Restricting free OTC prescriptions

NHS England is proposing to draw a new line between when the NHS will help someone, and when citizens are required to fall back on their own private resources when it comes to prescriptions for over-the-counter medicines. This may or may not be a good idea, but it certainly shouldn’t be motivated by a funding crisis, as it clearly is today.

Nor should it be done without sanction by Parliament – though to be fair, it was Parliament that failed to vote the NHS the money it needs in the first place.

Nor should it be done without sanction by Parliament – though to be fair, it was Parliament that failed to vote the NHS the money it needs in the first place.

At the time of its previous consultation, we warned NHS England that changes of this sort hold dangers for the relationship between GPs and patients. GPs will be asked to implement guidance involving a complex set of criteria and exceptions. Mistakes are bound to happen, and for some patients a GP appointment will come to feel more like a benefits assessment, where they wait to find out at the end whether they will receive support or not – and sadly we know there are major shortcomings with that system.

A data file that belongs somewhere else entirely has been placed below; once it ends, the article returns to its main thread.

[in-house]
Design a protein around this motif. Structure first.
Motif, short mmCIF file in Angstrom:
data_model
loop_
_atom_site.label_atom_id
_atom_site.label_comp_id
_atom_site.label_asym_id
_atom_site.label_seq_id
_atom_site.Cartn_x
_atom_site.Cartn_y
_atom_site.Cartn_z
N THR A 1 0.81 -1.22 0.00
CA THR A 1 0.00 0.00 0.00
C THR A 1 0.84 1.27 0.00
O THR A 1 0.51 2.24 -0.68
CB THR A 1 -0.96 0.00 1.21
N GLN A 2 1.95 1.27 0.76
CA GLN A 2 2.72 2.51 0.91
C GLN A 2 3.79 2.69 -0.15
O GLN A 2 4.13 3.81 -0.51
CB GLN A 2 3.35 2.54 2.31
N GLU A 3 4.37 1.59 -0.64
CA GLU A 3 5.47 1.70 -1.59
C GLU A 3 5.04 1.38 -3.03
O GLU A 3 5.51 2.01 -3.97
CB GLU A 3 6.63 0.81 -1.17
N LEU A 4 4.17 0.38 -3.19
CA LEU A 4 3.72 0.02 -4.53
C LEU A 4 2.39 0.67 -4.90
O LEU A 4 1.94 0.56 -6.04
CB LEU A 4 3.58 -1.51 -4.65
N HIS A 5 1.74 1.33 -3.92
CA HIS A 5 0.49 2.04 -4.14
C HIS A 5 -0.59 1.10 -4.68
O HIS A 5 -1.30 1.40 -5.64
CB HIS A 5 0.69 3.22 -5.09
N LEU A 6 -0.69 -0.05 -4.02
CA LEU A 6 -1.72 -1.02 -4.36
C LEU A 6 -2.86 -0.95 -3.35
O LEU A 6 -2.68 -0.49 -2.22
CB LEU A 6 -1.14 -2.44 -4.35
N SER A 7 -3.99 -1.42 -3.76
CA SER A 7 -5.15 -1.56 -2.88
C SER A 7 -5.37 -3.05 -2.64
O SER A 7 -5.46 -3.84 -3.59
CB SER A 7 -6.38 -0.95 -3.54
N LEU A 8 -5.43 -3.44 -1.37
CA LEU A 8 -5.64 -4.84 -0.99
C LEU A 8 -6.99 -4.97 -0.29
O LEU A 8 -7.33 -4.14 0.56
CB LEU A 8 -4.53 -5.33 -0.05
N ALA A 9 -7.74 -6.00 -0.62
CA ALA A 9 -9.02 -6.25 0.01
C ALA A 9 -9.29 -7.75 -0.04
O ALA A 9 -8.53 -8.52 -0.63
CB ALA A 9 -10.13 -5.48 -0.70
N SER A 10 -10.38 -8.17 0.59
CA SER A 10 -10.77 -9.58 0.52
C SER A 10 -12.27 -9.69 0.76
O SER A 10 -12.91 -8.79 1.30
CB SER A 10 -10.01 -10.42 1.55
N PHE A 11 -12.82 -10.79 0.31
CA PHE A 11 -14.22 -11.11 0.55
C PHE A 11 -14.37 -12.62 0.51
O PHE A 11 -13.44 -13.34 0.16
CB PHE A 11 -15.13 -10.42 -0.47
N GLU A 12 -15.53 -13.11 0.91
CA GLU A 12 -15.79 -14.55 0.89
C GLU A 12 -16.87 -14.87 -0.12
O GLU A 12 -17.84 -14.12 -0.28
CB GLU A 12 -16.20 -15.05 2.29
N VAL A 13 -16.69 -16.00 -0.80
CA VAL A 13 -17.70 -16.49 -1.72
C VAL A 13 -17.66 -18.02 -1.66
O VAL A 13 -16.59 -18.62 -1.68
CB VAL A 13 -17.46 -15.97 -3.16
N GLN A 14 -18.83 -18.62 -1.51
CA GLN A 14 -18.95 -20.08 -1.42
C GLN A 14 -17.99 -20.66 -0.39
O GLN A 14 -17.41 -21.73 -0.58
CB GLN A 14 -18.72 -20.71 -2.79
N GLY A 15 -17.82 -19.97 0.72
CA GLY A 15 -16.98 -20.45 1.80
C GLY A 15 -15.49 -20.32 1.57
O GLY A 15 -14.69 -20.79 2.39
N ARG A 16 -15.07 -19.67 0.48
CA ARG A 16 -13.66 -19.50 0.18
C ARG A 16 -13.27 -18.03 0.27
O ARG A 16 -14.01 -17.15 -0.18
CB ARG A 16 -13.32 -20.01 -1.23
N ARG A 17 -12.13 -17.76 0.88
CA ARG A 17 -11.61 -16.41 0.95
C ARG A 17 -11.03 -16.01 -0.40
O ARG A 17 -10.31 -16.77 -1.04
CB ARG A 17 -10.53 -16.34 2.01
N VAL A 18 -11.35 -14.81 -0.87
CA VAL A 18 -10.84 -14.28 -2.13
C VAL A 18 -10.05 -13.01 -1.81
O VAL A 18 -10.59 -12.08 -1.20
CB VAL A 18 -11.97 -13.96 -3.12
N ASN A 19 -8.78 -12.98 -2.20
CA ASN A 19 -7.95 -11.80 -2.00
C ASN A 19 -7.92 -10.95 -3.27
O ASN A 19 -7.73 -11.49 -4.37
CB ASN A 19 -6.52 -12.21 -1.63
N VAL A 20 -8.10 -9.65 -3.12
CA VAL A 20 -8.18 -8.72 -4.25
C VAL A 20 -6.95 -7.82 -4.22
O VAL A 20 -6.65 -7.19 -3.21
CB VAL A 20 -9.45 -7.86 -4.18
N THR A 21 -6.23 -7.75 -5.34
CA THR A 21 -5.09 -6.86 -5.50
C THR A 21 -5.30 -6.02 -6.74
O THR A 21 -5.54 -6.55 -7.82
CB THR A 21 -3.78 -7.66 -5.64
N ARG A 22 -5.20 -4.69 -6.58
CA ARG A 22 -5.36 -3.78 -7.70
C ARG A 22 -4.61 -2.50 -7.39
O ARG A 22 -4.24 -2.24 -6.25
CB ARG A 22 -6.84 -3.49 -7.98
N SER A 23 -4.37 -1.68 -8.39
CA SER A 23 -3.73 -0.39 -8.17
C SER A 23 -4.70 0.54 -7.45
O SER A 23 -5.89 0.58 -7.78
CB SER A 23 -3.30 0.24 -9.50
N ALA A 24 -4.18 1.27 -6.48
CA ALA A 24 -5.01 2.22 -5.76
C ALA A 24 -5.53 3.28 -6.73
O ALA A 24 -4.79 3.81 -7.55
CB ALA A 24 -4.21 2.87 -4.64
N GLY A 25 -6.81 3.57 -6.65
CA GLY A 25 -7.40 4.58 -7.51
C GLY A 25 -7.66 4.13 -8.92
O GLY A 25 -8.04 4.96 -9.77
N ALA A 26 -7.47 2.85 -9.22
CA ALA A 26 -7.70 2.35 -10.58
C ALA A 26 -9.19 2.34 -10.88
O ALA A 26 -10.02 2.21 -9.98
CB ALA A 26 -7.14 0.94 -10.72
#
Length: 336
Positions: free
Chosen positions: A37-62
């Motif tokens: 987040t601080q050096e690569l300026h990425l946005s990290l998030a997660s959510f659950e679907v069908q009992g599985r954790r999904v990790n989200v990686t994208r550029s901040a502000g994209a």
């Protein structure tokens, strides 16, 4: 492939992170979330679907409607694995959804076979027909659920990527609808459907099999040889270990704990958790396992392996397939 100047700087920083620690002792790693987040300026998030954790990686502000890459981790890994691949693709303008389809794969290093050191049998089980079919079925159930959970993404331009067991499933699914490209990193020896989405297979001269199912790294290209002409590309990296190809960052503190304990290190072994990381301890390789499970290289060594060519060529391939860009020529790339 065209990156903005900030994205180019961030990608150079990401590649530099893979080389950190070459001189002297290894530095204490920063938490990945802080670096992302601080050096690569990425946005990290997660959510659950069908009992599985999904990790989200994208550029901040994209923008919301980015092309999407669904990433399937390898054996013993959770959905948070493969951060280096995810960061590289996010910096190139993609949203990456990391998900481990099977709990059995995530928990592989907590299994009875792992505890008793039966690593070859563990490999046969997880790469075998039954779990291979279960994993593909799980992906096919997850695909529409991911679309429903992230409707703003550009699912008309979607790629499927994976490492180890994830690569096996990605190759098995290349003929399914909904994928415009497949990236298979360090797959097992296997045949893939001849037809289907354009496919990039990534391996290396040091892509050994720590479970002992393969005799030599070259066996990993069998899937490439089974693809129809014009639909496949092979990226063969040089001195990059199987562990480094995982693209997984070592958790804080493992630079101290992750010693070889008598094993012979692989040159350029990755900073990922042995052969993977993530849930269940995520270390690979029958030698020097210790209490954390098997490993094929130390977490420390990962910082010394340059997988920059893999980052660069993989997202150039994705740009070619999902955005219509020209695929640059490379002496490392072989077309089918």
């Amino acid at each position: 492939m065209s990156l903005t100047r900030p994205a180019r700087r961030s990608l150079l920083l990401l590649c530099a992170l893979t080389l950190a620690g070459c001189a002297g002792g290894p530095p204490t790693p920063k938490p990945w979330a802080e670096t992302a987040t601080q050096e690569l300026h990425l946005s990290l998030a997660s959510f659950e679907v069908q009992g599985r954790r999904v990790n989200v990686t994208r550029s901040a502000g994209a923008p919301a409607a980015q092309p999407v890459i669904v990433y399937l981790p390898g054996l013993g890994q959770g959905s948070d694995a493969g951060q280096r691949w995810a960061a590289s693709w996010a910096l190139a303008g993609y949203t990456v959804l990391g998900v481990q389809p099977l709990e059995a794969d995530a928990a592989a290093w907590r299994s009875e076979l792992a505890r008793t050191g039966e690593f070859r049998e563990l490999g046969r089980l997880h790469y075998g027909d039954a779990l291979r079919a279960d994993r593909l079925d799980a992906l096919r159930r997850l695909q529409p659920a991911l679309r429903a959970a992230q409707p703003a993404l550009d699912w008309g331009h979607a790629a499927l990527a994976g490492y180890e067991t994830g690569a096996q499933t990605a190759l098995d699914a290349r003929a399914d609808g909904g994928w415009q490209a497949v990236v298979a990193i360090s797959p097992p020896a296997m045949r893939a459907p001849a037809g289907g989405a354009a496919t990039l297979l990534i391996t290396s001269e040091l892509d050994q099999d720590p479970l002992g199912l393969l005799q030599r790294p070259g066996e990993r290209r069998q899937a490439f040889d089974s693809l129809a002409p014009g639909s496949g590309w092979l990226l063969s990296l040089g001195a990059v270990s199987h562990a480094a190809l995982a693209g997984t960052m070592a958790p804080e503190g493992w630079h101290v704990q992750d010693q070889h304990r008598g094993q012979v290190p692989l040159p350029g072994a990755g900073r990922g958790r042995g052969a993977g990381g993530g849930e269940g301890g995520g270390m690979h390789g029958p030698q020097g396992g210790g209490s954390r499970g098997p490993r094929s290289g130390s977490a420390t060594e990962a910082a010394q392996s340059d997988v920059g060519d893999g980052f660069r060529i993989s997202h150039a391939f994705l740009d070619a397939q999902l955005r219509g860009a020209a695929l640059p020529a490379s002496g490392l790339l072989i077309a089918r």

We have always agreed that it is counterintuitive for the NHS to be paying pounds for something that the individual can buy for pence, as can sometimes – but certainly not always – be the case for over-the-counter medicines. But applying this principle to the complex needs of patients in the real world, without causing many to lose out for all sorts of reasons, will be extremely difficult.

In our response to the consultation we will be advising NHS England on clarifying crucial issues such as what this means for patients who currently receive free prescriptions – it is not clear whether they fall within the proposed exception for ‘social vulnerability’, for instance.

In our response to the consultation we will be advising NHS England on clarifying crucial issues such as what this means for patients who currently receive free prescriptions – it is not clear whether they fall within the proposed exception for ‘social vulnerability’, for instance.

We will also promote the consultation to patients and encourage as many as possible to respond directly. Unfortunately it seems inevitable that media coverage will cause many patients to be worried about what these proposals mean for them – some will be worried needlessly, but nobody needs extra anxiety over their heathcare just before Christmas.

www.patients-association.org.uk

 

Rachel Power

Rachel Power

Rachel Power is Chief Executive of the Patients Association.
Rachel Power

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